DALLAS (CBSDFW.COM) – And then there was one.
Mike Miles has spent the last five and half years as superintendent for the Harrison School District Two in Colorado Springs, Colorado. Miles won’t make it to year six, because he’s taking over the same job for the Dallas Independent School District.READ MORE: State Fair Taking Extra Measures To Keep Guests Safe
“I promise you one thing. I’ll wake up every day doing my very best for the children of Dallas,” Miles told reporters Monday during a news conference.
Miles was named the lone finalist for DISD’s vacant superintendent position. State law requires districts to name lone finalists for their top posts, followed by a 21-day waiting period, before actually awarding the job.
The 55-year-old is a graduate of West Point, an Army Ranger and a former diplomat for the U.S. State Department, where he worked in the Soviet Union during the Cold War.
Years after the Cold War ended, Miles left his government job to become a teacher. He worked his way up the education system and landed the top post for the Harrison School District Two in the fall of 2006.
Miles comes to DISD in the wake of massive budget cuts and layoffs. He also faces basic challenges with the district’s student population.
“Many of our kids are challenged by poverty. Many of our kids don’t speak English as their first language. Many of our kids have troubled backgrounds,” said Miles. “That’s a challenge in and of itself.”READ MORE: Officials: Man Suspected Of Making Threats Against Texas Lawmakers Arrested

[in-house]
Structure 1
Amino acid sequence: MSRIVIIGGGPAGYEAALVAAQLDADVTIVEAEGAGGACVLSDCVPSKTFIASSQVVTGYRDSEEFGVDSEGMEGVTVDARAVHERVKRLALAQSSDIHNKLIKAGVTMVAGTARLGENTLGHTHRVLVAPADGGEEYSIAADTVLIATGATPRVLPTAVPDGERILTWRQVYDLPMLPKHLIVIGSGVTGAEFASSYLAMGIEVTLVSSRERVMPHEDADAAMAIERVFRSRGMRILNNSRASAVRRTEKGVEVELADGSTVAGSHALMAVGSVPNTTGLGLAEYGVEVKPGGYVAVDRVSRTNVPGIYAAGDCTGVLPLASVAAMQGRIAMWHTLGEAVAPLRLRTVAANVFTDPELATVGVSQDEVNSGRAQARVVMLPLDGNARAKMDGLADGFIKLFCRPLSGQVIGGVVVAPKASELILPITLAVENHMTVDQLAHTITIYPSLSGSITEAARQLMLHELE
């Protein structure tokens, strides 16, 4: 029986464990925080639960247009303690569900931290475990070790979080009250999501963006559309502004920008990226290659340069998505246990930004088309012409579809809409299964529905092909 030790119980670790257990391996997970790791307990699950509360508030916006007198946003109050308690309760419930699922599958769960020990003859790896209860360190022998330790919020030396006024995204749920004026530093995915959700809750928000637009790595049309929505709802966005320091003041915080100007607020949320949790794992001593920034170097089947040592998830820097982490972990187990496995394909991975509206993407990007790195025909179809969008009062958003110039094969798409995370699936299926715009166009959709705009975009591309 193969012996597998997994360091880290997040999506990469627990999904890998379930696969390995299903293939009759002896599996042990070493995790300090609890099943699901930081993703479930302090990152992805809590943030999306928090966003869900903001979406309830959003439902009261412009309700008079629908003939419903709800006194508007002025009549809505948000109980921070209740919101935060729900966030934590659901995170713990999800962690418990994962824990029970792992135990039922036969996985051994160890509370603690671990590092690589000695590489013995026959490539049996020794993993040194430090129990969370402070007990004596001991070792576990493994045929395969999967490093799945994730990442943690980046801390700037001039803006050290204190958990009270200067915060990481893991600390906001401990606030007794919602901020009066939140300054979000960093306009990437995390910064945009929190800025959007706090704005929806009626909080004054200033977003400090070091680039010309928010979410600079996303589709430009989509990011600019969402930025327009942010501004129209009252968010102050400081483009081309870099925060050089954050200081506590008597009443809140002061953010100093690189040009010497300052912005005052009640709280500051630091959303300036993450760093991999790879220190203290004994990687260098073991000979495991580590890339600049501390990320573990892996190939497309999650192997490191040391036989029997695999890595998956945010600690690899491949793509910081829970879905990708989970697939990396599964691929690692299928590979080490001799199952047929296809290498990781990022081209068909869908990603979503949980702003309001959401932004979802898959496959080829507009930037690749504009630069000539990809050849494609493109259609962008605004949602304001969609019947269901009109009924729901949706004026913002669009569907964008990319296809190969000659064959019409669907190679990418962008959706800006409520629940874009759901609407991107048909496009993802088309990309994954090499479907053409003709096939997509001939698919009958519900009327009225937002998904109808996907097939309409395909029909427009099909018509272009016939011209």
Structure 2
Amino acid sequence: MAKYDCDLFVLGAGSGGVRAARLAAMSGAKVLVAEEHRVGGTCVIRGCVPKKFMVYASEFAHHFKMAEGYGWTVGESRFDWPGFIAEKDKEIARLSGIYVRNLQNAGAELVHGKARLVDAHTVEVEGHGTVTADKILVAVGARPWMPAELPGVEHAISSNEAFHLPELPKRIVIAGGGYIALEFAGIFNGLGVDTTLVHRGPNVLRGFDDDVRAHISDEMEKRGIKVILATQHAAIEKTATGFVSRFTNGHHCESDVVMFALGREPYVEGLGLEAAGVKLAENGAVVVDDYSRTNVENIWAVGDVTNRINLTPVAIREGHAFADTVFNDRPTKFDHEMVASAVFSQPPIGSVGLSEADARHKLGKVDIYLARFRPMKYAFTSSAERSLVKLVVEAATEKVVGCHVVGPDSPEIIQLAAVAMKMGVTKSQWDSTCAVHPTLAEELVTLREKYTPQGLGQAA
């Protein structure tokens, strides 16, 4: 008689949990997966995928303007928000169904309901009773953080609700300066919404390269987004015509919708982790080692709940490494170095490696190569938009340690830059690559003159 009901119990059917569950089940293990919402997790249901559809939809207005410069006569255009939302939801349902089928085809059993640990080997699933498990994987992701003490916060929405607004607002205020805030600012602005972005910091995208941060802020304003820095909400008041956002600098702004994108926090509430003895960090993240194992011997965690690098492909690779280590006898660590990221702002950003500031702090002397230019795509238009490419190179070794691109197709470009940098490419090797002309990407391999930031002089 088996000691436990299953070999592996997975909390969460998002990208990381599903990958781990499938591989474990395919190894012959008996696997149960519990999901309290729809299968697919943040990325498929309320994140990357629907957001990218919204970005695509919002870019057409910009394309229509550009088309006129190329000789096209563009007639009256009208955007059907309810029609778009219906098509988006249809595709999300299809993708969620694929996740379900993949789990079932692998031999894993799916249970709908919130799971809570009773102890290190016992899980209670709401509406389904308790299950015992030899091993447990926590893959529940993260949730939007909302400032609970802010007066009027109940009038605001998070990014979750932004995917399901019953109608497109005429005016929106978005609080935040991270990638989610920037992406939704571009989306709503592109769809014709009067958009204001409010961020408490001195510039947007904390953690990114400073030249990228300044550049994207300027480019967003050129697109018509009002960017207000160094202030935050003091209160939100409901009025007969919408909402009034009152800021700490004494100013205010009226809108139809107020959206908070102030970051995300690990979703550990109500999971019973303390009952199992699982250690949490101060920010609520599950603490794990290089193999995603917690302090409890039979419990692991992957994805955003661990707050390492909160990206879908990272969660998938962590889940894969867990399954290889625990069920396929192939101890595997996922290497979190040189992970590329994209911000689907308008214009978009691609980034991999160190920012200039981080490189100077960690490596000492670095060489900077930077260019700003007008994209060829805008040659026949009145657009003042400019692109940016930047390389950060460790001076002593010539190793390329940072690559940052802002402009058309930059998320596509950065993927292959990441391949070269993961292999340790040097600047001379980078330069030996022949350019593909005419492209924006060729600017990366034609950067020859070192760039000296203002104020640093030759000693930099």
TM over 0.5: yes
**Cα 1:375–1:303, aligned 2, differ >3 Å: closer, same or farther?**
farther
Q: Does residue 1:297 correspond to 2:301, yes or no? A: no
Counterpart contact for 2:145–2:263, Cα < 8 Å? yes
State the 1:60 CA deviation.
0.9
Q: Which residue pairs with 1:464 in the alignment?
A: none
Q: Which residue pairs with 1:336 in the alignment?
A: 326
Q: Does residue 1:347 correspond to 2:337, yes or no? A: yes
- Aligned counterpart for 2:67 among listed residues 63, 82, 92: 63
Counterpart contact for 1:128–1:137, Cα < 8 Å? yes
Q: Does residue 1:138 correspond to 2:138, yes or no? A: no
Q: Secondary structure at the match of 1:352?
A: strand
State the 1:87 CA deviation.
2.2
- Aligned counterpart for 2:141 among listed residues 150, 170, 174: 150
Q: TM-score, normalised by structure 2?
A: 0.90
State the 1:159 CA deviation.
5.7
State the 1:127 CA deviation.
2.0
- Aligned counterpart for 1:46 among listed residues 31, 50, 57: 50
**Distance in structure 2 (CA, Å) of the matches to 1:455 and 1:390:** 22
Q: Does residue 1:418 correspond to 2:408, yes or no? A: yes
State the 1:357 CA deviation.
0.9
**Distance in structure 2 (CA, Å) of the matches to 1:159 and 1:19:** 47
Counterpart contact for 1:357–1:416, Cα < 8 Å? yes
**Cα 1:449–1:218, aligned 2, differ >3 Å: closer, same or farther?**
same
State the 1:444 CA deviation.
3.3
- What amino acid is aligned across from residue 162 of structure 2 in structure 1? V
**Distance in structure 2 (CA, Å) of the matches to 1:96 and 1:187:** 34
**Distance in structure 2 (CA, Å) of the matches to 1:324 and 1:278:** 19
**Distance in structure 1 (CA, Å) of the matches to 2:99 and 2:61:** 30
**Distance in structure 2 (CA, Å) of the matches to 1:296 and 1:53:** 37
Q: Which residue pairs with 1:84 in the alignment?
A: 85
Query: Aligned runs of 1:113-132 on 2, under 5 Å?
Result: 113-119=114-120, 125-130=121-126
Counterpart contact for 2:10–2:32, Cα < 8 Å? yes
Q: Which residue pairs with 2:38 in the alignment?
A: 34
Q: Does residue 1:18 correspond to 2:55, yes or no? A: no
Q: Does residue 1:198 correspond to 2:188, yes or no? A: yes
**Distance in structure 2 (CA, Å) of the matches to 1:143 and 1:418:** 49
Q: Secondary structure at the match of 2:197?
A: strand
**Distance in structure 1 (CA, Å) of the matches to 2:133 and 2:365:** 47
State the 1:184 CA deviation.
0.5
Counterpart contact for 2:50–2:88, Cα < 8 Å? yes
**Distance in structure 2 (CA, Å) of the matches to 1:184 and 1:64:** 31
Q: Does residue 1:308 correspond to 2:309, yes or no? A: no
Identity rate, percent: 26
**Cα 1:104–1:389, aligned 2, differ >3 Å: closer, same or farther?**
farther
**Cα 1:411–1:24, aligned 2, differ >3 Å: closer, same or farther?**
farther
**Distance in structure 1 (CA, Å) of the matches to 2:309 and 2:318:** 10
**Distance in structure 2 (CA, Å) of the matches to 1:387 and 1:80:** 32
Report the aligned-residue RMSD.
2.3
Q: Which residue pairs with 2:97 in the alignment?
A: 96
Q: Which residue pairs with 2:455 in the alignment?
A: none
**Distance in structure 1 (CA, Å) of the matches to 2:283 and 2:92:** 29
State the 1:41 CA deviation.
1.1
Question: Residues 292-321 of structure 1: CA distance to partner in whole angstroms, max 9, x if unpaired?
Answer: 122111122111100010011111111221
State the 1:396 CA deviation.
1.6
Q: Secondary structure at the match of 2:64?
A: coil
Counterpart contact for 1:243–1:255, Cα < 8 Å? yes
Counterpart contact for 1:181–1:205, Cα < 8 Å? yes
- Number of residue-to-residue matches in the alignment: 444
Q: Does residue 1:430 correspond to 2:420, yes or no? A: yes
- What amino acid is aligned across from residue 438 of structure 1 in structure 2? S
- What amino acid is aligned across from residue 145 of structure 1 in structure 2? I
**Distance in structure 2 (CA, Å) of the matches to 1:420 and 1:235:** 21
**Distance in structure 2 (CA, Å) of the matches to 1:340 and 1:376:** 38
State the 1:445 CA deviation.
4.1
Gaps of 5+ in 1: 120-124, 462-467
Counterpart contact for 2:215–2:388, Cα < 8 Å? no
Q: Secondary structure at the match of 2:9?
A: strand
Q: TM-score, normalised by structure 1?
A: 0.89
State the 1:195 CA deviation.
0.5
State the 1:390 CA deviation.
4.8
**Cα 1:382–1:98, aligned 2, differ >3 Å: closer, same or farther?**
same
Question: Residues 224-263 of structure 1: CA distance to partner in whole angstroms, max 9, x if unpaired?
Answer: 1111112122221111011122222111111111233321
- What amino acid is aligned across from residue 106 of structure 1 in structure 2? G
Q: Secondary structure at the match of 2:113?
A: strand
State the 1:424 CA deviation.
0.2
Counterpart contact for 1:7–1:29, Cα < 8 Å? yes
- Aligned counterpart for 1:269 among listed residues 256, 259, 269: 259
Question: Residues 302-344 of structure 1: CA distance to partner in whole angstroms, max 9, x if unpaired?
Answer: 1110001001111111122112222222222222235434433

Miles’ biggest challenge may come down to simple math. He’s leaving a district with just over 11,000 students to run one with 157,000 students.
“You can’t change anything significantly until you hear from the staff and from the community,” he explained. “I got to be in the classroom. Got to see what’s going on in the school. I’ll be doing a lot of listening and learning over the next two or three months, Miles added.
Dallas Mayor Mike Rawlings was on hand for the introduction of the new superintendent. The mayor has publicly taken an active role in the district.
Rawlings says he hopes the hiring of Miles will end some bitter disagreements.
“I hope the board coalesces around him and gives him a clear vision about what they want and it’s not divisive,” Rawlings told reporters Monday.
Miles’ first day of work at DISD is scheduled for July 2. However, he says he wants to start well before then.MORE NEWS: State Fair Offers Hundreds Of Free Acts, Shows And Exhibits
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